Tuesday, 14 October 2014 00:00

Fifth Centenary of the birth of St. Teresa of Jesus: "This is how we must be"

MADRID, Spain. 

At the beginning of the fifth Centenary of the birth of St. Teresa, Maite Uribe, President of the Teresian Association (TA), in a letter to members of the same has highlighted "the eminently human character and all God’s” of St. Teresa, "this wandering, reforming, appealing and generous woman, familiarly known as ‘La Santa.

In her message, the TA President reminds us: “Pedro Poveda wrote a letter in 1915 to highlight some features of Teresa of Jesus that he regarded as essential for people intending to work in the academies that bore her name. The movement that was building up around the Academies had not yet become the Teresian Association. However, he, as founder, perceived clearly what he wanted for his project and why it was appropriate that it should take the name Teresian.” (Cf. Creí, por eso hablé [74])

1014-1She also invites us to “deepen into the person and work of St. Teresa,” by going back to what St. Pedro Poveda stressed in 1915 as essential dimensions for the members of the Association.

An eminently human character is one of open humanism that is capable of combining freedom and responsibility, autonomy and solidarity, personality and openness towards others. This humanism is awake, curious and open-minded. When Pedro Poveda speaks of human lives, he is referring to humanism that is tempered by the strength of a rational, sober, generous and caring life. These are lives that seek to create and recreate human experience in God and from God. They have a friendly and appealing disposition. Poveda added that they allow others to be as God allows them to be, but they themselves are as they should be towards everyone else.”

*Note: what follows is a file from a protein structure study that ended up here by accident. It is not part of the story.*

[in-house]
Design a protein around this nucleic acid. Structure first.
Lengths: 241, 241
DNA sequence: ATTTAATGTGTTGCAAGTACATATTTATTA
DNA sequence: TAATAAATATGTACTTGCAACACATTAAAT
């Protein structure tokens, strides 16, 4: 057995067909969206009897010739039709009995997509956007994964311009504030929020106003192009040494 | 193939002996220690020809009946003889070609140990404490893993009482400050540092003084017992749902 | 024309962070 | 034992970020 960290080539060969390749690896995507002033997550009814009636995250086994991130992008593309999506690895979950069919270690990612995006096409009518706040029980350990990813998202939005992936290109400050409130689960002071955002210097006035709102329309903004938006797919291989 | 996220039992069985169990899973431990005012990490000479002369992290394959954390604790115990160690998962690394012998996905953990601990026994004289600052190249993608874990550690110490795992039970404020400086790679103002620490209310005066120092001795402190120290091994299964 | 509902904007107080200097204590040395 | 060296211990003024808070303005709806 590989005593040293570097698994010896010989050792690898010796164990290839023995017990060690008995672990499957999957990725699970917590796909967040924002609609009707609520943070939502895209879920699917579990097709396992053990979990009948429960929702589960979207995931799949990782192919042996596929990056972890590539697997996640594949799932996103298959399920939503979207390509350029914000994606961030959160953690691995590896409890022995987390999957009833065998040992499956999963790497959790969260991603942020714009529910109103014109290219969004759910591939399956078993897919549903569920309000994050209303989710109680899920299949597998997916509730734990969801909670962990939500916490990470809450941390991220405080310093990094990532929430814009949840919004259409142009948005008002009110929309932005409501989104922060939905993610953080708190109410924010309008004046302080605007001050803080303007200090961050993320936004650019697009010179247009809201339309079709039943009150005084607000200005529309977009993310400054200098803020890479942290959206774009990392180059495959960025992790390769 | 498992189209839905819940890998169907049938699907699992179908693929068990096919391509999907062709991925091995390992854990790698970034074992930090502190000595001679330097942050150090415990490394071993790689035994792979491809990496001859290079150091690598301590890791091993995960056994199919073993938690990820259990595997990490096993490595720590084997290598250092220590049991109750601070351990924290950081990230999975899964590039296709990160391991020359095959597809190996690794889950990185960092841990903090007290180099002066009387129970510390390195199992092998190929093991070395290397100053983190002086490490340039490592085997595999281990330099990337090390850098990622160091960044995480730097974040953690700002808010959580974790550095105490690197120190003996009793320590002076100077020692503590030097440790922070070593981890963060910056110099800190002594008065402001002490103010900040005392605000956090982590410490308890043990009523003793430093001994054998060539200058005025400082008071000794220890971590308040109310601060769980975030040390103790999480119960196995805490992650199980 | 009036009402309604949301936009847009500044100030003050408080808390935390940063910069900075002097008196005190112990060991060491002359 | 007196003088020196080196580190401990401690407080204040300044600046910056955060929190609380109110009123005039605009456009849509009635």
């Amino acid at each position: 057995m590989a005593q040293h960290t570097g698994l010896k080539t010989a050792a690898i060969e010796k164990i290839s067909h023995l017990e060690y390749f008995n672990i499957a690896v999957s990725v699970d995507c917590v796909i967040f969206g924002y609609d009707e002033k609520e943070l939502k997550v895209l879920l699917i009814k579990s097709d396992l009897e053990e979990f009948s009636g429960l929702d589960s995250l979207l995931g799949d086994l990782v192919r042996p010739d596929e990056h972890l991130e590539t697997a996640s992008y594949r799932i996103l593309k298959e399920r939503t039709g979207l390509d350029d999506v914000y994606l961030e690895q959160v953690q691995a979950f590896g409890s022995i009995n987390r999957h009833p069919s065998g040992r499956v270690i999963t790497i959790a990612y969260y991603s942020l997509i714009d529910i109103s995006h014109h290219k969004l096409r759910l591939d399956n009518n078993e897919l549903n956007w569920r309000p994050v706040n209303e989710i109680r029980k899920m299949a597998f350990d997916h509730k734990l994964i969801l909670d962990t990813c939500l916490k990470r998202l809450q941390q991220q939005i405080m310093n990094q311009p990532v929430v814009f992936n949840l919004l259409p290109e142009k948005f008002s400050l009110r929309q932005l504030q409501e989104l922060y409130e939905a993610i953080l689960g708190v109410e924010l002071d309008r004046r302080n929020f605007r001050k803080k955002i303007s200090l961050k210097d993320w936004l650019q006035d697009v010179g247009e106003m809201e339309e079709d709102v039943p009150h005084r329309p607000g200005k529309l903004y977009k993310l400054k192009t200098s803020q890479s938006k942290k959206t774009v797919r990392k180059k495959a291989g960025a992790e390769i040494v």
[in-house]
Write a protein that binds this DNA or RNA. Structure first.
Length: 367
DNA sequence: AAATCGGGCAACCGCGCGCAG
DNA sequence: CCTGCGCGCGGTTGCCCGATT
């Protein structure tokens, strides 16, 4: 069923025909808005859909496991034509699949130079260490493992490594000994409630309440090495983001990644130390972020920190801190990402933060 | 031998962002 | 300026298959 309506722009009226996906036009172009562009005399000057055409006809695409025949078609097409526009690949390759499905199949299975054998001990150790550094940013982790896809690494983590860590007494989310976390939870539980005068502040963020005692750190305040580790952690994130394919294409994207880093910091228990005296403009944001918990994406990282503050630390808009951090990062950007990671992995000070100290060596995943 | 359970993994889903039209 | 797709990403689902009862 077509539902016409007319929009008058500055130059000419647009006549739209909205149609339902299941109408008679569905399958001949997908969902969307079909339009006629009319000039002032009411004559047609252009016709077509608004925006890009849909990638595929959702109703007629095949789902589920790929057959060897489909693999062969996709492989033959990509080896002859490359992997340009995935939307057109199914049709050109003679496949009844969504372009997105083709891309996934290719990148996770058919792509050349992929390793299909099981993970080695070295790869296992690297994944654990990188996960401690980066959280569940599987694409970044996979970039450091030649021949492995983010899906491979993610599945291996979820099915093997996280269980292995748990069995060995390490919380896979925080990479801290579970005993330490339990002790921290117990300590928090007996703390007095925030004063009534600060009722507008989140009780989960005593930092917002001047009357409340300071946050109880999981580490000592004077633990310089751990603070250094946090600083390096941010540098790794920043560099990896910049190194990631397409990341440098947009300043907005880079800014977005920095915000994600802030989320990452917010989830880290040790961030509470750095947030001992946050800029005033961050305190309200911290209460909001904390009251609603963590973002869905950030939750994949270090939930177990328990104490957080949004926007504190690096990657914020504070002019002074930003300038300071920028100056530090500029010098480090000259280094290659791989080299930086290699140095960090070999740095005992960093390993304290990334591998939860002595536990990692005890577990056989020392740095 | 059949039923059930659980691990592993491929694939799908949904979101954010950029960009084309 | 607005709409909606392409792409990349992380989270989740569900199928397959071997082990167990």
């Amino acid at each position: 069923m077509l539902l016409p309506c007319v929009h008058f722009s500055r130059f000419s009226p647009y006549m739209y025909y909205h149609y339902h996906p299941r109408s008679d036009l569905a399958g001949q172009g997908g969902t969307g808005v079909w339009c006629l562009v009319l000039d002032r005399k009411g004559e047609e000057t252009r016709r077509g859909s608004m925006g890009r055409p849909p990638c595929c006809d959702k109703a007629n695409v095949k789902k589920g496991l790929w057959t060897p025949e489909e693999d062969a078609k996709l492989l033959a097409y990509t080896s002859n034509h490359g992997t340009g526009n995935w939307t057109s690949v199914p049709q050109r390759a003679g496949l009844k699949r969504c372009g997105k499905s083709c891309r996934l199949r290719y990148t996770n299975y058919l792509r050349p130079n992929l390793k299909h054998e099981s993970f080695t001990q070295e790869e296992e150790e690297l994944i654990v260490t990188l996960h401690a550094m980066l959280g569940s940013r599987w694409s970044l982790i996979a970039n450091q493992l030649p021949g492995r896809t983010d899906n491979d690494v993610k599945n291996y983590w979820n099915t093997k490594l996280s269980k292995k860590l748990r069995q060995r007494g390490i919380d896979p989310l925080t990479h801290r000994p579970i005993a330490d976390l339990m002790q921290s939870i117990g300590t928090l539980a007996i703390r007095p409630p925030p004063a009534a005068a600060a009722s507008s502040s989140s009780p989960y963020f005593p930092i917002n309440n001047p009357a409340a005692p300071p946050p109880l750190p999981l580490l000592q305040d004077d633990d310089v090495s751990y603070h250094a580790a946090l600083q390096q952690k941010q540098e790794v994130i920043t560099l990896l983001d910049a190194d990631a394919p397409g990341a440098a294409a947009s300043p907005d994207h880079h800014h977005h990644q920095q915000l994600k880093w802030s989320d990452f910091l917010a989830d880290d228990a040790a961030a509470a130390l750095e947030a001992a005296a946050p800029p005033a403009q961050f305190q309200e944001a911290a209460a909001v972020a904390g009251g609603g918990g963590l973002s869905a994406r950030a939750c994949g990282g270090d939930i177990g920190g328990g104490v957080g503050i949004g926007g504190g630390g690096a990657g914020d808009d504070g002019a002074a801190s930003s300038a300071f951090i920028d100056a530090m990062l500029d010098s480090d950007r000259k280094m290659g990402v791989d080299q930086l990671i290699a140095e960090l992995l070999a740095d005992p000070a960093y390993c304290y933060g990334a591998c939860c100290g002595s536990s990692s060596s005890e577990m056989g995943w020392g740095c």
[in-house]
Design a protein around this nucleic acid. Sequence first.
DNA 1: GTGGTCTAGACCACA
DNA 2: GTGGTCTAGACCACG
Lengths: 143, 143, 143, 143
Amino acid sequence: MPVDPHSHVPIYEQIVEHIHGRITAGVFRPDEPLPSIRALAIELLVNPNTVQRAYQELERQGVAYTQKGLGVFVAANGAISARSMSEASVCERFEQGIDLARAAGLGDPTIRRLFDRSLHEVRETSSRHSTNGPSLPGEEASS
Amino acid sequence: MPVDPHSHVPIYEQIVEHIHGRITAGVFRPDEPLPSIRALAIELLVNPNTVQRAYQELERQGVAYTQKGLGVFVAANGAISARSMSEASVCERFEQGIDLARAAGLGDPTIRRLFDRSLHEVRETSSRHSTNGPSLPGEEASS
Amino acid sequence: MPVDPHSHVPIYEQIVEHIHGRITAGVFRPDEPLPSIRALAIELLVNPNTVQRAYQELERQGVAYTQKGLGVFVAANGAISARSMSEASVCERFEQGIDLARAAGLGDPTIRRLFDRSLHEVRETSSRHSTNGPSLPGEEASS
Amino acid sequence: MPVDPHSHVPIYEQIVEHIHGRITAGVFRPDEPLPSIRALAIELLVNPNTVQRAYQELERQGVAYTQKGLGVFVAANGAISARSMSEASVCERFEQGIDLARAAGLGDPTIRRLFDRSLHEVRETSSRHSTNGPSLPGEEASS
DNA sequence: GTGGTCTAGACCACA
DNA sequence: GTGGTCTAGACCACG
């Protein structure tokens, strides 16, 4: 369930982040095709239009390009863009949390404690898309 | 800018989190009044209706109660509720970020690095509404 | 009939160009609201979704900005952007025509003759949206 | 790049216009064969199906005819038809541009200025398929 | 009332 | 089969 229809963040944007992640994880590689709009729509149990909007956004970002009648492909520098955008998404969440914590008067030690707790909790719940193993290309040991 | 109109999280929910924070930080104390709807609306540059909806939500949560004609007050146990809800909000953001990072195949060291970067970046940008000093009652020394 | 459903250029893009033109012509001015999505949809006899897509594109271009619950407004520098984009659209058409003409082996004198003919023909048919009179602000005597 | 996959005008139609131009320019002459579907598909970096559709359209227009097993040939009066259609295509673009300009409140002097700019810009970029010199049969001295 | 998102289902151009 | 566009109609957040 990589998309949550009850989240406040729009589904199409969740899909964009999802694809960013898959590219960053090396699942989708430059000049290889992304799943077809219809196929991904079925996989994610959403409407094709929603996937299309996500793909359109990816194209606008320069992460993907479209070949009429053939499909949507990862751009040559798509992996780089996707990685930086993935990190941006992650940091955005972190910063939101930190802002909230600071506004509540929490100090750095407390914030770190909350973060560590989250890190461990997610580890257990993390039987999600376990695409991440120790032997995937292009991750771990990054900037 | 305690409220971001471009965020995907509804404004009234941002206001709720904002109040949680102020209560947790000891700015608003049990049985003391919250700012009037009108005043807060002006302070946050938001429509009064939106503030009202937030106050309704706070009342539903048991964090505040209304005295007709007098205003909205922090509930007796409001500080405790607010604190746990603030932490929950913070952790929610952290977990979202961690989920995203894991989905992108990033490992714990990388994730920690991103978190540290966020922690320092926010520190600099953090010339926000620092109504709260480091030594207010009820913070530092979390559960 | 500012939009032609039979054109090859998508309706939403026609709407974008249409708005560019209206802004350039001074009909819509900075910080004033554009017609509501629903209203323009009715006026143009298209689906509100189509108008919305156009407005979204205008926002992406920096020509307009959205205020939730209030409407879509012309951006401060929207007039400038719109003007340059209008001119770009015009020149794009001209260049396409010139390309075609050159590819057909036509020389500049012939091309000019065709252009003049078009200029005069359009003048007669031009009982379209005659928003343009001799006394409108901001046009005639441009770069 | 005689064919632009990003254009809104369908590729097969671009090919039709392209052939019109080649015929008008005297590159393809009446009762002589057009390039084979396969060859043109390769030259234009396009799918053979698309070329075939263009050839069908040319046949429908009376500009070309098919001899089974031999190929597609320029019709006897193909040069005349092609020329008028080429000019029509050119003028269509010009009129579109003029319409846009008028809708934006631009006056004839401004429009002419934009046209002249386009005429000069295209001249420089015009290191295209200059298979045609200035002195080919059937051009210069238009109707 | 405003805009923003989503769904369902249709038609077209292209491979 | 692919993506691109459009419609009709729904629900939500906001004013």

"Lives that totally belong to God are full of God, the God who became incarnate in our history and took on a human face in Jesus Christ. It is this that inspires our Association and that is our support, ideal, theory, practice, everything in short.  When each person in the Association really knows Christ in such a way as to identify with him, when love for Christ and for others becomes a visible sign, when we live with great freedom and availability and allow the Association to flourish and bear fruit, then the Work will really be Jesus Christ. The raison d’être of the Association, like that of our lives, is to allow Christ to shine through. Hence Saint Teresa’s invitation: “Blessed are those who truly love him and who always have him near them.” (Saint Teresa, Life 22,10)

These are lives given in service to God, the God who created us to become co- creators with Him, co-workers in the great task of transmitting his kingdom to people and cultures and to our everyday circumstances and activities. These are lives in which the experience of God can bring the various dimensions of the human person to fullness: to know, to love, to feel and to be consistent.

The President of the Teresian Association ends with words of “La Santa” from the Way of Perfection (Chapter 4):  “You have seen the great task we have undertaken. What do you think we must be like if we are not to be considered very bold by God and the world? Clearly, we must work hard.  This is how we must be: eminently human and belonging totally to God.”



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